To help with costs, the Perez family have never had a problem finding a roommate for their spare bedroom. They find roommates online, and they don’t mind sharing space with families.
“It’s just a reflection of how grim the housing market is for tenants. People are like, ‘my situation is precarious and this sounds stable.’”
Architect D’Arcy Jones, who has 23 projects in various stages throughout the neighbourhood, created reading nooks and quiet spaces for the shared space.
“They are in a league of their own, three couples that aren’t relatives,” he said. “It speaks to their good natures.
“And there could be four households once the laneway is done.”
Mr. Jones says it is a slight nod to the Los Angeles Schindler House – an unconventional 1920s house in which two families shared communal space.
“I wouldn’t want to draw too many parallels. It’s more radical than what we did. But we did all this in a regular house, plus the laneway. … This is no bigger than the house next door, and no bigger than anything across the street.
“I’m more realistic than idealistic about all these things,” Mr. Jones says. “People said we could ask for a variance, and if you have nothing but time on your hands, okay. But why don’t we see what you a can do with what is outright allowed? That is way more interesting. And [the homeowners] won’t pull their hair out.”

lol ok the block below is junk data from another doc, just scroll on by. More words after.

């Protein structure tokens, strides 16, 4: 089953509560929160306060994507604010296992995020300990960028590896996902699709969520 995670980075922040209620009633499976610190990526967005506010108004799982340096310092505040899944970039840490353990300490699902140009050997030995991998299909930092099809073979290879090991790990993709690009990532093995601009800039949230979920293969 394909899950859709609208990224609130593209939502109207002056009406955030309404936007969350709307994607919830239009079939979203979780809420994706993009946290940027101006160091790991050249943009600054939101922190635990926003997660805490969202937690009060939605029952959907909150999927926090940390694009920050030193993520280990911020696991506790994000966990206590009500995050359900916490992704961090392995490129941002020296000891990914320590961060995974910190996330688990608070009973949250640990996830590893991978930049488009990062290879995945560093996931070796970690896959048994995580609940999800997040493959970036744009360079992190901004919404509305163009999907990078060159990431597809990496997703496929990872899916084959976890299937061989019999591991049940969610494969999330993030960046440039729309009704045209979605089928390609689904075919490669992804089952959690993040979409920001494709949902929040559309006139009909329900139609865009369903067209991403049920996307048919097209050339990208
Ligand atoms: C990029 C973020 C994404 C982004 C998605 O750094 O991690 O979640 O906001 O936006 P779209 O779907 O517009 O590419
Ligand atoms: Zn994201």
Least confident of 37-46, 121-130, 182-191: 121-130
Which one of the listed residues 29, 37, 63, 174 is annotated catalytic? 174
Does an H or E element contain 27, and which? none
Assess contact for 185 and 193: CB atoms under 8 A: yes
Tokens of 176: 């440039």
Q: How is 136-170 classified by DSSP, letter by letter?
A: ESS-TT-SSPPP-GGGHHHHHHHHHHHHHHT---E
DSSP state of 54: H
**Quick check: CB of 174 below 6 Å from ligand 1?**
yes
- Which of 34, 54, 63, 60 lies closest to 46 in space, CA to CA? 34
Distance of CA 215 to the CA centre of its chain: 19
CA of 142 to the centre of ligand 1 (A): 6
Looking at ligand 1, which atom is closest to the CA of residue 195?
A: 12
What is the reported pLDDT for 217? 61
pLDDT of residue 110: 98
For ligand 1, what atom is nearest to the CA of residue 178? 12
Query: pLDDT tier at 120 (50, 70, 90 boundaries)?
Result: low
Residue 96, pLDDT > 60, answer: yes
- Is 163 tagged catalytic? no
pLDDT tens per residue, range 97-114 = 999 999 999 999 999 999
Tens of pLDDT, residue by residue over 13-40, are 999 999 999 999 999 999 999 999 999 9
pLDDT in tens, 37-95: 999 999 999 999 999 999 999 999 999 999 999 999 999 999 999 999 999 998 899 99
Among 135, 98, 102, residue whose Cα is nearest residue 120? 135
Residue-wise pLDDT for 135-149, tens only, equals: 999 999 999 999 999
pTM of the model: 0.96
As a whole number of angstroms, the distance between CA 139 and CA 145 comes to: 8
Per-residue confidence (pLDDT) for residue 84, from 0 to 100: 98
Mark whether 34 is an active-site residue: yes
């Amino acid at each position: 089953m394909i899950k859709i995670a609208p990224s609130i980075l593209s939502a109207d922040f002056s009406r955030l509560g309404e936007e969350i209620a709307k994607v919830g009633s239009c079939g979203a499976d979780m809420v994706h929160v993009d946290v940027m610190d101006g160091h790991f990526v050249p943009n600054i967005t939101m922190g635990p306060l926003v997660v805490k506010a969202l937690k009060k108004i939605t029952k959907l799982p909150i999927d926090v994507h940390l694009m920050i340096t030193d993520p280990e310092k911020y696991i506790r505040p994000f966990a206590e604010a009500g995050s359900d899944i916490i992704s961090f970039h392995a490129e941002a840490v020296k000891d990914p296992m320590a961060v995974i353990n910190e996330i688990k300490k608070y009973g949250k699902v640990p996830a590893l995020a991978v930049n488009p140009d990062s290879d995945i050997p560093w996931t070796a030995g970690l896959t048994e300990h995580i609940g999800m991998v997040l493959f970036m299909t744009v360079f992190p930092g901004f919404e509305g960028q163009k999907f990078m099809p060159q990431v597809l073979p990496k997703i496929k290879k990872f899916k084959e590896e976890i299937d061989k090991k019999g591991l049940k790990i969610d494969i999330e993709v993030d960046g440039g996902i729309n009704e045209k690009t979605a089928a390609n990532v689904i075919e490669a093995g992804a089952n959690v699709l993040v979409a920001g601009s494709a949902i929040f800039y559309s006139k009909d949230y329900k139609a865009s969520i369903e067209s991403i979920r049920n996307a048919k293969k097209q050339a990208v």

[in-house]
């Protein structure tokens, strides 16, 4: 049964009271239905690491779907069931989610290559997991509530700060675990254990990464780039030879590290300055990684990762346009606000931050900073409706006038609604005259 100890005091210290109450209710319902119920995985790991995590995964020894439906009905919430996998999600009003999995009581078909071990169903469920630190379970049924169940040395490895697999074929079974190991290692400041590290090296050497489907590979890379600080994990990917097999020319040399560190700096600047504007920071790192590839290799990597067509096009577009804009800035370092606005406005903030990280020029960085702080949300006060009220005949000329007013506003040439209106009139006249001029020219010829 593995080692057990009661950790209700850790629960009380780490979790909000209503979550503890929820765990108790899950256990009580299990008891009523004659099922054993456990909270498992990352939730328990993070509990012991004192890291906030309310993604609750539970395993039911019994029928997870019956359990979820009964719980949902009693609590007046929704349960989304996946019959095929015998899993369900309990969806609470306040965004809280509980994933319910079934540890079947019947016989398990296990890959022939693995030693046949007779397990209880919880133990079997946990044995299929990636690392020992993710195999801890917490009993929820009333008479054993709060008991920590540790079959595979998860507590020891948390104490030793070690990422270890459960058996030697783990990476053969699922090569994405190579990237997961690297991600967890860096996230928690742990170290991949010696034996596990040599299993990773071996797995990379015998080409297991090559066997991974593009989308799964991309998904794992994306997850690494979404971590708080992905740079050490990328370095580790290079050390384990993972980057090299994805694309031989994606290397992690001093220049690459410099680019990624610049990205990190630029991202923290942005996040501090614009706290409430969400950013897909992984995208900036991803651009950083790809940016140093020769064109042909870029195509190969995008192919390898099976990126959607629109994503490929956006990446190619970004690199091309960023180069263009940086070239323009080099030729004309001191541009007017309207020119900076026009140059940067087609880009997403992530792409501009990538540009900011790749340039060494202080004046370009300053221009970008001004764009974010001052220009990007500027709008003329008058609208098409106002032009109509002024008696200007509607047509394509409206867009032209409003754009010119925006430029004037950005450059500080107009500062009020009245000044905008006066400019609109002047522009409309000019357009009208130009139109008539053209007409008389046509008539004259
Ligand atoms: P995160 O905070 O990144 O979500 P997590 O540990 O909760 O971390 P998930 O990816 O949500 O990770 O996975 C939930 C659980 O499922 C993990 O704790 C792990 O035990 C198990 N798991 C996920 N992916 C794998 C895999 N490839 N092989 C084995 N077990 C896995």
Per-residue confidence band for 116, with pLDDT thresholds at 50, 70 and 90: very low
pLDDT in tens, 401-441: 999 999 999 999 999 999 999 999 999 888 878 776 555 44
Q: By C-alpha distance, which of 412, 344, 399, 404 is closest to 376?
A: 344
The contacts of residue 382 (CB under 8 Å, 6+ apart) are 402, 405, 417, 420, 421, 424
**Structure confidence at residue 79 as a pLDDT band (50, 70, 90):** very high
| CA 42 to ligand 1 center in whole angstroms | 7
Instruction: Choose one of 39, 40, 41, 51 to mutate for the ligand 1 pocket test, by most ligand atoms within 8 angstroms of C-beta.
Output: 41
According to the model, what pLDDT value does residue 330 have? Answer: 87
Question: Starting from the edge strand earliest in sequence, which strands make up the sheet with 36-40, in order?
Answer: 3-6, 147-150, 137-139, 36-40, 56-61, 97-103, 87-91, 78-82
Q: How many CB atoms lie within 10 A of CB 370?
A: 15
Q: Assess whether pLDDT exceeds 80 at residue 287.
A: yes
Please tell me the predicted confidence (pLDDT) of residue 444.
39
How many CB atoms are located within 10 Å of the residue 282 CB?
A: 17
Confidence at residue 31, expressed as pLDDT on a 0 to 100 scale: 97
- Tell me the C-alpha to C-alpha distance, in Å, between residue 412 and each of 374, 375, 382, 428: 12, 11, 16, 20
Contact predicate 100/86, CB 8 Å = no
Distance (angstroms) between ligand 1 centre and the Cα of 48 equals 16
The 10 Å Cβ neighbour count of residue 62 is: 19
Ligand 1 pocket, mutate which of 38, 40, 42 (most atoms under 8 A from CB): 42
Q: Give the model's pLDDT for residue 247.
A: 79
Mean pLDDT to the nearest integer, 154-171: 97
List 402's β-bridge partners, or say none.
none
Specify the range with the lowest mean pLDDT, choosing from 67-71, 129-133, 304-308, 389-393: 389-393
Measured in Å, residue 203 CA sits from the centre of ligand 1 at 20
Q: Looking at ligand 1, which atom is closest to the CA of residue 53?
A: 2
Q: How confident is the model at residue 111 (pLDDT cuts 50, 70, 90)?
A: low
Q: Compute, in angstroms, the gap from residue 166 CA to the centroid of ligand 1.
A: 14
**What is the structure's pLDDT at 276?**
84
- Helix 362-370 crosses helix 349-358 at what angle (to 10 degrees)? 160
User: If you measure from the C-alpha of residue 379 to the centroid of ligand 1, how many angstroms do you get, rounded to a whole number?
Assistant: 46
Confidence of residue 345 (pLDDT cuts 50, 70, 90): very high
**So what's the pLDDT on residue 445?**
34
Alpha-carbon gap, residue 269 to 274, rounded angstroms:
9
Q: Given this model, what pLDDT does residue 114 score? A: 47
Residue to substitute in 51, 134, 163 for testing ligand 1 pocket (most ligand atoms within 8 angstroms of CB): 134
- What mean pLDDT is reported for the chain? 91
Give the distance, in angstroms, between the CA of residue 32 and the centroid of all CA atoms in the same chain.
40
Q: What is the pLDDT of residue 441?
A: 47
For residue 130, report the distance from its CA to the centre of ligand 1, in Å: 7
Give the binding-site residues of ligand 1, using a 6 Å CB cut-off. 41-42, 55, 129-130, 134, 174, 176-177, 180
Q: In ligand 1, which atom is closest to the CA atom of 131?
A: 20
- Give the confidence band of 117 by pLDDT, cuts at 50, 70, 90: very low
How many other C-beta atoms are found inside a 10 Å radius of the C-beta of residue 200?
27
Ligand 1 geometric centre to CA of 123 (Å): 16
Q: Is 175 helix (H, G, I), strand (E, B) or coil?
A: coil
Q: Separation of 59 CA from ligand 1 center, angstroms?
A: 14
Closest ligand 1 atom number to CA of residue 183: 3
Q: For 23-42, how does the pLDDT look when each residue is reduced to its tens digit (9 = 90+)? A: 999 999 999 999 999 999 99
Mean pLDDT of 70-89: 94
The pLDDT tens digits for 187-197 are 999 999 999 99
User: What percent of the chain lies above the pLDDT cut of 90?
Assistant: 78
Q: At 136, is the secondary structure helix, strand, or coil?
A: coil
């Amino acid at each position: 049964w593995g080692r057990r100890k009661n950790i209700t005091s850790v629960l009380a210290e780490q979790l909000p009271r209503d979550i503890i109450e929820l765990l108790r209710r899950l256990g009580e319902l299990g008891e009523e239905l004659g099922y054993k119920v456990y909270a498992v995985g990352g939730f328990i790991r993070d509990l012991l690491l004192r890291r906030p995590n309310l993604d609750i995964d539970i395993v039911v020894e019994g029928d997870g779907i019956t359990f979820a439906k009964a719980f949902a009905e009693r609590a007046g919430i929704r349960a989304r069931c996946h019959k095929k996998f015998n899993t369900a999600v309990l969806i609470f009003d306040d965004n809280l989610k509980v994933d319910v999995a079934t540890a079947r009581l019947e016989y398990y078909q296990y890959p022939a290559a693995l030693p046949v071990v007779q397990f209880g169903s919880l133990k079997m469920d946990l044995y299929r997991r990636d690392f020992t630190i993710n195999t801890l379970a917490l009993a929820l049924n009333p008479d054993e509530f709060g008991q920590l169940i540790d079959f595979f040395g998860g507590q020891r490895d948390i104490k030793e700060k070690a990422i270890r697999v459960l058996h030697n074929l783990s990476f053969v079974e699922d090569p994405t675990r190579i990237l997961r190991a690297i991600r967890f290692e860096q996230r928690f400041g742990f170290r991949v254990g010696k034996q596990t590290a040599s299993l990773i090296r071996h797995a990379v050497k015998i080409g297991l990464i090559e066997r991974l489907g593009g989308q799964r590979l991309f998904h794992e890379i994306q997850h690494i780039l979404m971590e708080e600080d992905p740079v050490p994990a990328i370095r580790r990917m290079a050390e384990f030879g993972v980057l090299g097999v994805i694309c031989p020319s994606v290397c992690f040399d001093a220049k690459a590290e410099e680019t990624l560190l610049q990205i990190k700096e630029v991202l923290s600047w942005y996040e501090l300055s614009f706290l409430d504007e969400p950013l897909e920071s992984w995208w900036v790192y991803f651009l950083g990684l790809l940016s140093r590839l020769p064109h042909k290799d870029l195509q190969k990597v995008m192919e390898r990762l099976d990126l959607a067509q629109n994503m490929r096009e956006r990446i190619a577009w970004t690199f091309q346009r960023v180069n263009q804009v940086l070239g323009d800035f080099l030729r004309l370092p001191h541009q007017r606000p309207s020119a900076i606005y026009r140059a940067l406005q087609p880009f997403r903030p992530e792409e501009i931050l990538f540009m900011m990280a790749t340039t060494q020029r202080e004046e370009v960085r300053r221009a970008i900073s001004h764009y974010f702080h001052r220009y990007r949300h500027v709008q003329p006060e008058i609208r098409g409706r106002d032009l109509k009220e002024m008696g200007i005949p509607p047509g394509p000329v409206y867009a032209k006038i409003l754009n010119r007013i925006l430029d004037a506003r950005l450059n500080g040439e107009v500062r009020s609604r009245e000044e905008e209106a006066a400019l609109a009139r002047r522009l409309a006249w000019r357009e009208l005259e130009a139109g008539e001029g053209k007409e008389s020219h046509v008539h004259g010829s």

Ms. Tracie-Stockburger, who works as an executive coach, said there are more people living in the house now than there were when they’d purchased it. Back then, the house was a triplex.
“There are lots of reasons we like density – not taking up a large footprint of space, and what does it look like to share the wealth of real estate in the city? And urban densification helps that.
“This isn’t rags to riches story,” she adds. “We all felt very fortunate about what we had, and bringing our assets together. …There are people with resources who are craving connection to other people in the city.”
She and her husband live in fairly self-contained area, although they can wander upstairs whenever they feel like joining the others for a meal.
For them, another incentive was also the financial benefit of downsizing their mortgage.
There has been an adjustment from living in their own house, but that was to be expected.
“We forgot how loud babies are, I’m not going to lie,” she says, laughing. “But it’s not much different than renting. We like what we call ‘life in the house.’”